Prisma – Review: Transforming the way you look

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It's been quite a while now that Prisma has been trending hot across the globe among the smartphone users. After creating a lot of buzz among i-Phone users, Prisma has finally landed on the Android platform. It's a vogue for the people who love to share photos on social media. We reviewed the app and are sharing our views on it.
Among a plethora of apps and filters bestowing conversions of our pics to arts, Prisma has created its own niche. It has a simple interface and resembles Instagram to some extent. We can take a picture through our cameras or even pick any photo from our device and convert it into artistic forms. These pictures can be shared on social media such as facebook and Instagram.
The interface is smooth and user-friendly. At the top of the app is a frame where you can capture your photo and below is a single button to click your pic. It also has a small thumbnail at the bottom clicking on which we can select the photos from our device.
Just like Instagram, photos are cropped to square size and then the filters are applied. The segregating factor of Prisma is that it offers around 20 artistic filters inspired by famous painters across the world. Some of the awesome filters to name would be Edvard Munch's The Scream, Hayao Miyazaki's Princess Mononoke, and Hokusai's The Great Wave off Kanagawa. Prisma has even more variety to offer than these few names.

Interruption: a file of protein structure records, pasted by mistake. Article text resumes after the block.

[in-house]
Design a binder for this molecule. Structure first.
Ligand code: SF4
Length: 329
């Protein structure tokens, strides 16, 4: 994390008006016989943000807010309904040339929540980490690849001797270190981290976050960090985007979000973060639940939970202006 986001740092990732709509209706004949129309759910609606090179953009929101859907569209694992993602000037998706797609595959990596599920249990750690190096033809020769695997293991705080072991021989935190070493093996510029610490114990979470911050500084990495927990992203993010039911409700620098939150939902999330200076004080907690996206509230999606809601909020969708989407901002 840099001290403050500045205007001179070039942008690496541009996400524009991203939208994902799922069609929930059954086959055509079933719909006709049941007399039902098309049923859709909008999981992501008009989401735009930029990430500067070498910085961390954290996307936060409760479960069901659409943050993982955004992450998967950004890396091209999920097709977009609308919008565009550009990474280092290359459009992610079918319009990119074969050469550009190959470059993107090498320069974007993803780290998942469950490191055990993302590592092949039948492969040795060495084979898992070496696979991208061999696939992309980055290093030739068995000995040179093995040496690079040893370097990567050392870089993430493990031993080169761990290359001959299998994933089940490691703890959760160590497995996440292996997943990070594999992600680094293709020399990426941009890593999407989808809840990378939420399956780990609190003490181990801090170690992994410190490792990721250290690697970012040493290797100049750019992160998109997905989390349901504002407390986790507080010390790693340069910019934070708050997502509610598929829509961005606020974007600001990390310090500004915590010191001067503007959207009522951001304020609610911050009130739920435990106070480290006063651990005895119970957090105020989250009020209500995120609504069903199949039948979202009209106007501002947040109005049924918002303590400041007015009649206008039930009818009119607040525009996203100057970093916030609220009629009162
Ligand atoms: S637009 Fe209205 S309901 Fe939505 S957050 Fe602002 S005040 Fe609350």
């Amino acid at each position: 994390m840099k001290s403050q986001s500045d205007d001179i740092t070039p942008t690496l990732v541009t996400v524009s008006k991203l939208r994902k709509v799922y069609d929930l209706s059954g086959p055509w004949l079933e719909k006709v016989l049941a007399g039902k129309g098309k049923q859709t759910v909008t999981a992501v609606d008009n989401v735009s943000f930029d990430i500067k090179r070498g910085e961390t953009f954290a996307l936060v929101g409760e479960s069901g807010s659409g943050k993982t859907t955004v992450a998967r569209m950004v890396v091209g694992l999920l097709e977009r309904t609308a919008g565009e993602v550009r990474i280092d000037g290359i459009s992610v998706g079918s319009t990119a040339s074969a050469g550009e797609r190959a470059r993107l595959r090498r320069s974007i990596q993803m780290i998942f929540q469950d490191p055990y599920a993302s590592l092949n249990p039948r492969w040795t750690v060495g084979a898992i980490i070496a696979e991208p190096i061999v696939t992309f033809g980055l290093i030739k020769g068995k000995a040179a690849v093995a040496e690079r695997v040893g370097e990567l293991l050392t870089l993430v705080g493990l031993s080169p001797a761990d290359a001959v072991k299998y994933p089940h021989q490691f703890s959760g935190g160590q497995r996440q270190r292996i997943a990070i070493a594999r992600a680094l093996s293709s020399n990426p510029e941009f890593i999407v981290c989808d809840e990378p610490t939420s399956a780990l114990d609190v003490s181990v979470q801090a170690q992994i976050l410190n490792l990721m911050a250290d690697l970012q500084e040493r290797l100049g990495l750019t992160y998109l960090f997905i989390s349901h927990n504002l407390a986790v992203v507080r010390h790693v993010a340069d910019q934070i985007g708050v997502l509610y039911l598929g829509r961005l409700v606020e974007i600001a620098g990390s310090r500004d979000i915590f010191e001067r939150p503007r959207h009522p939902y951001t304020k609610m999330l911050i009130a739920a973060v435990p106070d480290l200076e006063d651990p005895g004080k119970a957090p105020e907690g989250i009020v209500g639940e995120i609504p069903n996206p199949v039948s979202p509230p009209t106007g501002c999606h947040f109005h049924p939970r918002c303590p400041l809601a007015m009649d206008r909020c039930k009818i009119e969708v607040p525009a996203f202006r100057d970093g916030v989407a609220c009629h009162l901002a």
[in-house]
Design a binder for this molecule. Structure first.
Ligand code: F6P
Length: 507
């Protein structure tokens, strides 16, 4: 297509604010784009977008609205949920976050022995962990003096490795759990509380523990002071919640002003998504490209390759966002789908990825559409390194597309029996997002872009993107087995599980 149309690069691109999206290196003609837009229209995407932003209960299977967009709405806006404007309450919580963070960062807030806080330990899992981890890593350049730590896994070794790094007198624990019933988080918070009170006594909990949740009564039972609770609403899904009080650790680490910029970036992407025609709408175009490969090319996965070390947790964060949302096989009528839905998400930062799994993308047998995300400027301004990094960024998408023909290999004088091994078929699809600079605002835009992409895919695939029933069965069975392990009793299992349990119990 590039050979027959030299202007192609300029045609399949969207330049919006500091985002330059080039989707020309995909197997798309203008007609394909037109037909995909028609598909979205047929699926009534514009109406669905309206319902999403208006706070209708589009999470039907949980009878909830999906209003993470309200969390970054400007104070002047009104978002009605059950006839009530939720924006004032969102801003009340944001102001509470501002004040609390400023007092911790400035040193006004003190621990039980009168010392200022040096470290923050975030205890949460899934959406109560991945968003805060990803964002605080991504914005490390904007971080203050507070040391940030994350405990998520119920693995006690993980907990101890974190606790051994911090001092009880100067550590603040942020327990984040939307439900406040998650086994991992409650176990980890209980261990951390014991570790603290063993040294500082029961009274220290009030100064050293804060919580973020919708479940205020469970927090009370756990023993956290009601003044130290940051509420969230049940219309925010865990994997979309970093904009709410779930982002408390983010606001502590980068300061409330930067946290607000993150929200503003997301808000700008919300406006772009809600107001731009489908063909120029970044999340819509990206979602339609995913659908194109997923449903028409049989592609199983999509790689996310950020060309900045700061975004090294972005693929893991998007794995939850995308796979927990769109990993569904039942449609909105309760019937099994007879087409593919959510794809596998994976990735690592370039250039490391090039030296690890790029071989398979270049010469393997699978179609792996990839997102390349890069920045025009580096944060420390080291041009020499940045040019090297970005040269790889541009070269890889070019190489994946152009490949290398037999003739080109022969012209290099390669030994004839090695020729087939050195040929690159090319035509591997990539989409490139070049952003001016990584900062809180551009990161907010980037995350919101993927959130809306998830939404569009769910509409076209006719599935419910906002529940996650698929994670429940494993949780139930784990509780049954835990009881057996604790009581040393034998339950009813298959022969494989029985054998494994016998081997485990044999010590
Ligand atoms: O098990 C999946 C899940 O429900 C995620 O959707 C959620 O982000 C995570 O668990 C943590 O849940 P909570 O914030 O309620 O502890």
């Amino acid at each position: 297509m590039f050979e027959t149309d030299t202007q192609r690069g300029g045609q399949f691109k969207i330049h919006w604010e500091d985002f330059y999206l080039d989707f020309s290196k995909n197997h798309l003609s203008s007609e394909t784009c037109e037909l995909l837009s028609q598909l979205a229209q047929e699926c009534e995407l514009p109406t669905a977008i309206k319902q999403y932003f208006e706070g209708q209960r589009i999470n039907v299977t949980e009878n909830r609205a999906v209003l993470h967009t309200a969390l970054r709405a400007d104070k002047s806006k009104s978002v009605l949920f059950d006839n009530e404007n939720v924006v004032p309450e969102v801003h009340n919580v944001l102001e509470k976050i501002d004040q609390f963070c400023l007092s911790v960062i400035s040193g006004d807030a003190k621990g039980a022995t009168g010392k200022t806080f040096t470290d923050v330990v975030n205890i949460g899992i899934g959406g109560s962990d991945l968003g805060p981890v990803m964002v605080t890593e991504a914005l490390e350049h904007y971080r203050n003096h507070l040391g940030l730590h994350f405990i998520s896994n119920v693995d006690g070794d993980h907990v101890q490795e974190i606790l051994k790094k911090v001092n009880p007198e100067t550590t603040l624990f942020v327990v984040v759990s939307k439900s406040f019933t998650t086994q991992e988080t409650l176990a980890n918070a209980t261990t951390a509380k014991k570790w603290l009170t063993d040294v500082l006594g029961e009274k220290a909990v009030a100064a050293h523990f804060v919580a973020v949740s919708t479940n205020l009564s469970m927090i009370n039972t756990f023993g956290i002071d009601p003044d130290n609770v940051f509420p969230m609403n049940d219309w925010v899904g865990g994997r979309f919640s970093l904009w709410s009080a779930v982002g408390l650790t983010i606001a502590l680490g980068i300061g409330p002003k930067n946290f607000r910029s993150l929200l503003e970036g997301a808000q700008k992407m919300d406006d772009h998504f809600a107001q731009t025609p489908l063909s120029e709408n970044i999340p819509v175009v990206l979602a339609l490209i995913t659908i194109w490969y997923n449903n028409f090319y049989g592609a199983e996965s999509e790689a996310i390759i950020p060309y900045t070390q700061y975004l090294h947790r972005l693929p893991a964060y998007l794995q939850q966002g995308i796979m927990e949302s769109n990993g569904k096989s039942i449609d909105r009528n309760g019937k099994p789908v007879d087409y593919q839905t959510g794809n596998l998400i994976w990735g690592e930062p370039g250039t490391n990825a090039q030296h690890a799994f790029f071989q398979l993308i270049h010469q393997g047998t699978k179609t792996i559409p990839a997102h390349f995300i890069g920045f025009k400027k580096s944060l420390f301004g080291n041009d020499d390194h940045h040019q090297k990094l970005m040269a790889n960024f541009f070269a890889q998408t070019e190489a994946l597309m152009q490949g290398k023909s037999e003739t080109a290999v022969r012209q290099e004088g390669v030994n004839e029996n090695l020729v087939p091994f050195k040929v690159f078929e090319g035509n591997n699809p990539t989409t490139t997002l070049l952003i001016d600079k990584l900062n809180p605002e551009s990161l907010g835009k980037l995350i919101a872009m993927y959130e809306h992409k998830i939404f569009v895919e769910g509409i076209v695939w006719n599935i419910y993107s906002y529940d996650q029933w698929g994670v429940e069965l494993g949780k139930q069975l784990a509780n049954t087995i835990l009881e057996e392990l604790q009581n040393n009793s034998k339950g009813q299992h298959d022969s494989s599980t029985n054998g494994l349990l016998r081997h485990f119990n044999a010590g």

Prisma deploys Neural Networks and Artificial Intelligence for its functioning. The use of these technologies seems to work for the app. The edit results of the app are far more alluring than other apps of the clan.
Some of the filters work real fine and some are just mediocre. If we edit a photo of artworks, the result is a mess. Also, pictures with a lot of detailing don't get affected much by the filters, while the pictures with lesser details give beautiful results.
Prisma has a couple of issues as well. The app works fine on iOS but on Android, it takes a lot of time to apply the filter. Having said that, the edit result of the app is worth the wait. Also, there is a long list of unreal apps with the similar names making rounds. This sometimes tricks users into using fake Prisma. Unlike Instagram, Prisma is not something one would use on all of his photos. Thus the app doesn't have a much-prolonged scope and with time it will be lost.
To conclude, we would say that Prisma is a fantastic app. It helps you to have a portrait of yours, from famous painters. At least the pic seems to be the work of these famous artists. Despite some minor issues, you sure should give it a shot.
Use it and share your experience with us. ​